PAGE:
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In on the Joke? Female Viewers of Renaissance Erotica

Each week this semester, our Humanities Research Fellows will publish short pieces here about their work in our seminar on humor.  We kick things off with this fascinating piece from Professor Maria Maurer about erotic art in the Renaissance.

Raphael, Mercury, Loggia of Psyche, ca. 1511-13. Villa Farnesina, Rome. Photo by author.

In the sixteenth century, Paolo Giovio described a female visitor to Raphael’s Loggia at the Villa Farnesina. The unnamed lady praised the figures, but wished that Raphael “had painted a nice rose or a figleaf over the shame of Mercury.” Raphael then teased her, asking “But why did you not suggest that I should do the same thing for Polyphemus, whom you praised so much, and whose shame is so much larger?” While this passage is full of errors (Raphael did not paint the Polyphemus, for example), Giovio nonetheless suggests that women were incapable of the wit necessary to appreciate Renaissance sexual humor. Mercury’s genitals are quite unassuming, and thus not in need of a figleaf, but he does gesture broadly to an engorged and suggestively shaped cucumber which is aimed toward an overripe, swollen fig. The phallus masquerading as a cucumber is the source of visual wit, a source the lady apparently missed.

We generally assume that women were not the intended audience of erotica, and that if they did see it, like Giovio’s lady, they didn’t get it or were scandalized. However, I want to consider a plate manufactured in the Umbrian town of Deruta during the early sixteenth century that seems to address a female audience.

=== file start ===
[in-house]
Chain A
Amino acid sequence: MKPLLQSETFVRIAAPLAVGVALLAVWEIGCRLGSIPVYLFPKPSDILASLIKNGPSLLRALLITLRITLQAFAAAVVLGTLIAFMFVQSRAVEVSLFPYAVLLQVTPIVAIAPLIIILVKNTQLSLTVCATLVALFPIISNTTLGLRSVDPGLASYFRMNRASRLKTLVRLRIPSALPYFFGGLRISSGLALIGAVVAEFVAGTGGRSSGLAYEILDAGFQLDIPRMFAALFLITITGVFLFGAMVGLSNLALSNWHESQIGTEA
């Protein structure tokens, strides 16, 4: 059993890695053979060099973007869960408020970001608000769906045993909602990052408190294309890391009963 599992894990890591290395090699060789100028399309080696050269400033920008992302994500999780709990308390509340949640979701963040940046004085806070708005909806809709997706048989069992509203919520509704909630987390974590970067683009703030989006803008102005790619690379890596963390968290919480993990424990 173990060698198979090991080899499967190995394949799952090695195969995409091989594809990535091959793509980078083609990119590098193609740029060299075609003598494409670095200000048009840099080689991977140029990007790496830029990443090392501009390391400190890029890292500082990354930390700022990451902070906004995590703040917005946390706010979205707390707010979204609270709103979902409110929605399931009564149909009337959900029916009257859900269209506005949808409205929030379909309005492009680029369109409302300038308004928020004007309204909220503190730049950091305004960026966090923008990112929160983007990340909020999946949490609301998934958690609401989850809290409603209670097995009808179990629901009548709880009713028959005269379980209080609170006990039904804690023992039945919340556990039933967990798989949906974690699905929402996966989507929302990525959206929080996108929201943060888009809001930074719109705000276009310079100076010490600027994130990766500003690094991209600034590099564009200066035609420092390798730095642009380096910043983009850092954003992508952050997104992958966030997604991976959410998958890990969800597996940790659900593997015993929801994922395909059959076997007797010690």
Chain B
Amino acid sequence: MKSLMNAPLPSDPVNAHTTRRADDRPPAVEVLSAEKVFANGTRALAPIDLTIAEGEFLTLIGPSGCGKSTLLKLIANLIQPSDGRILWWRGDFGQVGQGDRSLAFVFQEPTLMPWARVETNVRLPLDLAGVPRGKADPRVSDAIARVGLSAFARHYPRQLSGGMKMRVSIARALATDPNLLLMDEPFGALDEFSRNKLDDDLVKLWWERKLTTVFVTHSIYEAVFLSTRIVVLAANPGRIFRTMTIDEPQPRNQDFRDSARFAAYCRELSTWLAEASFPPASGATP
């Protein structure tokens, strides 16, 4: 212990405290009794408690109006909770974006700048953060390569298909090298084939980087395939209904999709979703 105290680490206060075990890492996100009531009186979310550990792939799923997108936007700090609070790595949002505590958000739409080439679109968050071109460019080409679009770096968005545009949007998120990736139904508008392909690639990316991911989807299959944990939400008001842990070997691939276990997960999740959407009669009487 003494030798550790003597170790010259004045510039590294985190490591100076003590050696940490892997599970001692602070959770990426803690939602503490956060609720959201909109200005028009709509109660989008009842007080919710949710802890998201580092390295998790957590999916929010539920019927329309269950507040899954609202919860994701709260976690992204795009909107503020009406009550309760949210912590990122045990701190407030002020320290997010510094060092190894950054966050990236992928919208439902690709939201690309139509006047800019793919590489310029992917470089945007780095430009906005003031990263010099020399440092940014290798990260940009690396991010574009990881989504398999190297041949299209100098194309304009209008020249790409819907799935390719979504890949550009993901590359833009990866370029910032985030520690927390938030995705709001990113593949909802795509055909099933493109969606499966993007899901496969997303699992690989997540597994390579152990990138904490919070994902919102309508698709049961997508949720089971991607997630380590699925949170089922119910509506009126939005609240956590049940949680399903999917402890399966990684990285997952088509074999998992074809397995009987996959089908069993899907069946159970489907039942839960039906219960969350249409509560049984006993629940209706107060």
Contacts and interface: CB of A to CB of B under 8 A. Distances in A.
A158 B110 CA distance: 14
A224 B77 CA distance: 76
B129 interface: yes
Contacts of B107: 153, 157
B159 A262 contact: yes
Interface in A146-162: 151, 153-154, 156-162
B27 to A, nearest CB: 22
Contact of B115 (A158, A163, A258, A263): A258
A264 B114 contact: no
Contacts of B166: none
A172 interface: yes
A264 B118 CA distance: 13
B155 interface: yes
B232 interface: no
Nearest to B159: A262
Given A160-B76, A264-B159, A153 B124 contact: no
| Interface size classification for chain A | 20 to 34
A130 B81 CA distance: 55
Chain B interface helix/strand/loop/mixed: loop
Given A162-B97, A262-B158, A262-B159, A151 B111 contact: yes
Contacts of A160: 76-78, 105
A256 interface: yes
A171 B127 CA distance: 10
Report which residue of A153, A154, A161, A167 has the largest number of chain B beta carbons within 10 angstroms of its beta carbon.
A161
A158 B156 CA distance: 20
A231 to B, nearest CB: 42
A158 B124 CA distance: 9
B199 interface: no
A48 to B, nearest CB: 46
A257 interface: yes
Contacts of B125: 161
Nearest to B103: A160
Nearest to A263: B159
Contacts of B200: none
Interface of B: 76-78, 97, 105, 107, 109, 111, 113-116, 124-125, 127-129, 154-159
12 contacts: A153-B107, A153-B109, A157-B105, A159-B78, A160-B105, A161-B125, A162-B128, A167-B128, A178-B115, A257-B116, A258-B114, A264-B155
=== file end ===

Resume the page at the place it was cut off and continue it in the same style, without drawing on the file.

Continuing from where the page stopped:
Plate with a Woman and a Basket of Phallic Fruits, Deruta, first quarter of 16th century. © RMN-Grand Palais (musée du Louvre)/Beck-Coppola.

The plate depicts a seated woman and a basket filled with “fruits.” The phallic nature of the wriggling fruits is clearly revealed as she grasps one and holds it up for our inspection. Sixteenth-century art often pairs beautiful women or handsome youths with fruits and vegetables, playing on the availability of the produce as a metaphor for sexual availability or, as in Raphael’s Mercury, using suggestively shaped vegetables as barely-disguised references to sexual intercourse.

Here, the metaphoric “fruits” of painting and poetry have become the phalluses they often represent. The plate also plays upon Renaissance conceptions of women’s voracious sexual appetites, which must be tamed by their more rational male family members. For a male audience, the dish ridicules and dismisses female sexual desire making it the butt of a lewd joke.

However, what if we, like Raphael’s female interlocutor, miss the joke? Taken at face value the inscription “Come get your good fruit, women,” invites women to initiate sexual activity, a sort of Renaissance “come and get it.” In that regard, the dish opens up a space for female sexual agency by depicting women as beings with sexual appetites that can and should be satiated.

I don’t mean to posit any easy answers here, nor to suggest that the plate has one meaning. Rather, I think its bawdy humor allows for multiple, even contradictory interpretations. Sexual humor in the Renaissance is often seen as reinforcing norms, as in this case where the plate appears to mock the sexual desires of women who were supposed to remain chaste. Yet, in representing female sexuality, the plate also makes it visible, and creates a space for female activity.

Further Reading:

  • Pietro Aretino, Dialogues, translated by Raymond Rosenthal (Toronto: University of Toronto Press, 2005).
  • Linda Wolk-Simon, “‘Rapture to the Greedy Eyes’: Profane Love in the Renaissance,” in Art and Love in Renaissance Italy, ed. Andrea Bayer, 43-58 (New York: Metropolitan Museum of Art, 2008).
  • Patricia Simons, The Sex of Men in Premodern Europe: A Cultural History (Cambridge University Press, 2011).